In 2003, the Iranians went on to lay the framework for negotiations aimed at a grand compromise with the United States. In a letter sent through the Swiss Embassy to Washington, the Iranians put almost all matters of dispute with the United States on the negotiating table.

The offer, which the Bush administration refused, would have seen Iran agreeing to full cooperation on nuclear safeguards, ending “material support” to Palestinian resistance groups such as Hamas, and accepting the Saudi Arab peace initiative, which effectively recognized Israel by advocating a two-state solution to the Israeli-Palestinian conflict.

In return, the Iranians wanted recognition of Iran’s legitimate security interests in the region, a halt to hostile U.S. behavior, recognition of Iran’s right to enrich uranium on its soil, and the abolishment of all sanctions. In effect, they wanted what they have always wanted since the 1979 Islamic Revolution: for the United States to recognize the Islamic Republic as a legitimate government and to acknowledge its role and interests as a regional power in the Middle East.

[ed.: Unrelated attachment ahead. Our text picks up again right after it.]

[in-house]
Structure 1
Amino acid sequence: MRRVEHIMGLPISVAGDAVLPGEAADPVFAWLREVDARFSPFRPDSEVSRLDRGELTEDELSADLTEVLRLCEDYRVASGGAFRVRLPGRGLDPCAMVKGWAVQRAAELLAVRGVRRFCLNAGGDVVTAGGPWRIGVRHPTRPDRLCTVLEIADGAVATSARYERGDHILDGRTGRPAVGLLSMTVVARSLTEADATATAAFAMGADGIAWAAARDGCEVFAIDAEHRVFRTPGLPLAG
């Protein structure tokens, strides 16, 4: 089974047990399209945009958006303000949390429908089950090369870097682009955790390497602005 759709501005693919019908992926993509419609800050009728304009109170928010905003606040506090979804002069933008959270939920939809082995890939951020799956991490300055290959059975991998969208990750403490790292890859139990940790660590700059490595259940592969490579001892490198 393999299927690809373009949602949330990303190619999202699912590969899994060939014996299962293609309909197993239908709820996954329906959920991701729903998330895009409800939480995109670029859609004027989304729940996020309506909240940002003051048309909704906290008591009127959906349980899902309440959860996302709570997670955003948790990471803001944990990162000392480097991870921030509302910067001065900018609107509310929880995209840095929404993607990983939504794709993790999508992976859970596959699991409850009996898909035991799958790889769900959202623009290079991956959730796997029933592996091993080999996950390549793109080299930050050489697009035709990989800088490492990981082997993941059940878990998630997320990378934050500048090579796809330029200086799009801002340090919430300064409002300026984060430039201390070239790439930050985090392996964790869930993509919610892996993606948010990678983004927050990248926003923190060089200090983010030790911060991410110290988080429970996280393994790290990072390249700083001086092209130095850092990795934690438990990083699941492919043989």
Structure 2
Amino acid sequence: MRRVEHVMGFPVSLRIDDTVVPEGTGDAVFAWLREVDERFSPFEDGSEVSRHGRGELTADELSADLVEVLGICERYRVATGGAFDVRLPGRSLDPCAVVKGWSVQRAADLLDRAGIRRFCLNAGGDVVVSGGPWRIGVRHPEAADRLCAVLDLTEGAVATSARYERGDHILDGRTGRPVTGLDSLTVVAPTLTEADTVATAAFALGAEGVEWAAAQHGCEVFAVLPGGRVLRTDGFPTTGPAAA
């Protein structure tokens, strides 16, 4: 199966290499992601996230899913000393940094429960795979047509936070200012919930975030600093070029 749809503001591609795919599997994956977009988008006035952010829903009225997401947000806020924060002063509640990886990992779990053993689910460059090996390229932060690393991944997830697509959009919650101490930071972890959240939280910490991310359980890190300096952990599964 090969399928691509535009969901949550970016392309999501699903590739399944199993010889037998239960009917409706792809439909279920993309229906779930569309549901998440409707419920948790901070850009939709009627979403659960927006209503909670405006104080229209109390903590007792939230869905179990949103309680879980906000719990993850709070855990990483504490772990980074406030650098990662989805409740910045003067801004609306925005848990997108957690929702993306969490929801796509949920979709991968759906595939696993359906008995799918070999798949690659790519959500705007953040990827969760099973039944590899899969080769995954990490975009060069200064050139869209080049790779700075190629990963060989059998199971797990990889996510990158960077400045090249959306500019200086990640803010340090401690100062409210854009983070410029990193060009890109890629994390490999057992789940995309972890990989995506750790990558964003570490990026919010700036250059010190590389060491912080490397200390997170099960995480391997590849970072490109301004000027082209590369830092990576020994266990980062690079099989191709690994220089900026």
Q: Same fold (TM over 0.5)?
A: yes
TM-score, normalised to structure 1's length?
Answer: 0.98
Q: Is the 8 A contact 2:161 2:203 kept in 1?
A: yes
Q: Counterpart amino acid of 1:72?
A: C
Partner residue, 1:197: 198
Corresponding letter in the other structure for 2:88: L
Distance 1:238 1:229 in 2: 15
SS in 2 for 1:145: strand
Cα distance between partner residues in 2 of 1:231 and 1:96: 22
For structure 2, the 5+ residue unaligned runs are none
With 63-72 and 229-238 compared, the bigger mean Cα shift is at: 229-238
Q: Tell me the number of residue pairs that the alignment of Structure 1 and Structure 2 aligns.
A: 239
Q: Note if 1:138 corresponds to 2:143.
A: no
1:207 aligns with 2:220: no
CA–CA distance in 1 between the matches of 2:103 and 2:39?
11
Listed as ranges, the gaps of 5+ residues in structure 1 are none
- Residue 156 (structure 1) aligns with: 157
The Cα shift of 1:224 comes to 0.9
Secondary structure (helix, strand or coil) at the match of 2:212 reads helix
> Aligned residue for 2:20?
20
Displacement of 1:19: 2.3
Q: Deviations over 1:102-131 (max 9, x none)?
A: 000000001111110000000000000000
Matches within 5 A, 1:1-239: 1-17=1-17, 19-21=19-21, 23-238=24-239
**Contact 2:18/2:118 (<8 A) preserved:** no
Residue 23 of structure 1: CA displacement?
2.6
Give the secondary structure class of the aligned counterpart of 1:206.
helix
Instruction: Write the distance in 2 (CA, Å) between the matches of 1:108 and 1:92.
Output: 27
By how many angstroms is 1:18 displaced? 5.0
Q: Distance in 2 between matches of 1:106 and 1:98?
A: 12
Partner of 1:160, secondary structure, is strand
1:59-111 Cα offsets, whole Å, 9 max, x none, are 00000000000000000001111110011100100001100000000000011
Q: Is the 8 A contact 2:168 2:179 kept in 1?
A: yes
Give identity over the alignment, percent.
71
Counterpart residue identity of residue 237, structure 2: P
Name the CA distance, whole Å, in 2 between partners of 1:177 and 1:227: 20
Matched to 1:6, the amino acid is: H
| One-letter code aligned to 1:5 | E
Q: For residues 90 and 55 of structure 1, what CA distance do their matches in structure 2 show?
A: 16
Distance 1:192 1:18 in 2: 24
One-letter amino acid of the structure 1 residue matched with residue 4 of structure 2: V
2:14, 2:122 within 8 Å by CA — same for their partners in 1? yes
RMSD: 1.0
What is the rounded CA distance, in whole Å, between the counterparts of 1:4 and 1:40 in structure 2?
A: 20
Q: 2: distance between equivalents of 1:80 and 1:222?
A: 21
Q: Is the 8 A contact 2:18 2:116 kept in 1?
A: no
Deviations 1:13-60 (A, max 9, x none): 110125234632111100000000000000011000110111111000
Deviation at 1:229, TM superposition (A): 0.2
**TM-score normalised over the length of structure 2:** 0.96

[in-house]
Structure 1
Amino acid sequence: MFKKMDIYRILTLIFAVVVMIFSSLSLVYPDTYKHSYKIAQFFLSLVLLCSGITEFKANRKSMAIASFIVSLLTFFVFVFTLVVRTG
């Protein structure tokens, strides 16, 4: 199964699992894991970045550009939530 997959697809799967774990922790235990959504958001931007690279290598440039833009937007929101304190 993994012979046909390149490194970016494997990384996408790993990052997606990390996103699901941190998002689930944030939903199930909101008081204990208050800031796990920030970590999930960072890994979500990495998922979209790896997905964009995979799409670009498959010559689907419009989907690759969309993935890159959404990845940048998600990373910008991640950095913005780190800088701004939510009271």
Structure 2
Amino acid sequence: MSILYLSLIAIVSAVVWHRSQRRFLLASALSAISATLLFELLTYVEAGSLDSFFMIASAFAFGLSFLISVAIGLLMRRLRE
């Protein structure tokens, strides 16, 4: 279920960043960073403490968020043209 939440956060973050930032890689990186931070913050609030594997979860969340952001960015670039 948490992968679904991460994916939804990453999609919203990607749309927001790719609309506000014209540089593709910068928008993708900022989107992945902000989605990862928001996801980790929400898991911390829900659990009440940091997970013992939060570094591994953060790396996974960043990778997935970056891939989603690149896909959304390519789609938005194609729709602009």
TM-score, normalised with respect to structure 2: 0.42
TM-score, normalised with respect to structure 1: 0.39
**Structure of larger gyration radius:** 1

The Iranians resumed enrichment in 2005 after what they said was the failure of European-led negotiations to build confidence and reach a resolution that would allow for peaceful enrichment on Iranian soil—a right Iran claimed under the NPT. The Iranians went their own way, dismissing Western “red lines” and expanding their nuclear enrichment program. This resulted in the first round of UN Security Council sanctions being imposed on Iran in 2006.